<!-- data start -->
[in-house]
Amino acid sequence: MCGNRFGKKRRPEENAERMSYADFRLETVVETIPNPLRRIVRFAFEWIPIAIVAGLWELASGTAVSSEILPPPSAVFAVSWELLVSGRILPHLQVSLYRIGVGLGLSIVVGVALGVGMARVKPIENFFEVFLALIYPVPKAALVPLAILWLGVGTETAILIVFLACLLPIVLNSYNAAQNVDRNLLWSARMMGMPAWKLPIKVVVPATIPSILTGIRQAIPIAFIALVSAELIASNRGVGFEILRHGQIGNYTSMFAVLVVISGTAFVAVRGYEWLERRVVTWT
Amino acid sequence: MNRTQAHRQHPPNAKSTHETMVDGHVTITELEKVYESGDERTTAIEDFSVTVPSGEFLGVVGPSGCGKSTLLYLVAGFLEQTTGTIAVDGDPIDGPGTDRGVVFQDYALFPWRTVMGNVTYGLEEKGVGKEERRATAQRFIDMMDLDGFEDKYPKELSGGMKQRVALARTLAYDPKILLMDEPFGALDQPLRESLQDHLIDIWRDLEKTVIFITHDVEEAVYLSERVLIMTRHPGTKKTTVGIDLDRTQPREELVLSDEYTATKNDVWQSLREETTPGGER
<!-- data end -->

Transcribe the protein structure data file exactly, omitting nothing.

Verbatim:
[in-house]
Amino acid sequence: MCGNRFGKKRRPEENAERMSYADFRLETVVETIPNPLRRIVRFAFEWIPIAIVAGLWELASGTAVSSEILPPPSAVFAVSWELLVSGRILPHLQVSLYRIGVGLGLSIVVGVALGVGMARVKPIENFFEVFLALIYPVPKAALVPLAILWLGVGTETAILIVFLACLLPIVLNSYNAAQNVDRNLLWSARMMGMPAWKLPIKVVVPATIPSILTGIRQAIPIAFIALVSAELIASNRGVGFEILRHGQIGNYTSMFAVLVVISGTAFVAVRGYEWLERRVVTWT
Amino acid sequence: MNRTQAHRQHPPNAKSTHETMVDGHVTITELEKVYESGDERTTAIEDFSVTVPSGEFLGVVGPSGCGKSTLLYLVAGFLEQTTGTIAVDGDPIDGPGTDRGVVFQDYALFPWRTVMGNVTYGLEEKGVGKEERRATAQRFIDMMDLDGFEDKYPKELSGGMKQRVALARTLAYDPKILLMDEPFGALDQPLRESLQDHLIDIWRDLEKTVIFITHDVEEAVYLSERVLIMTRHPGTKKTTVGIDLDRTQPREELVLSDEYTATKNDVWQSLREETTPGGER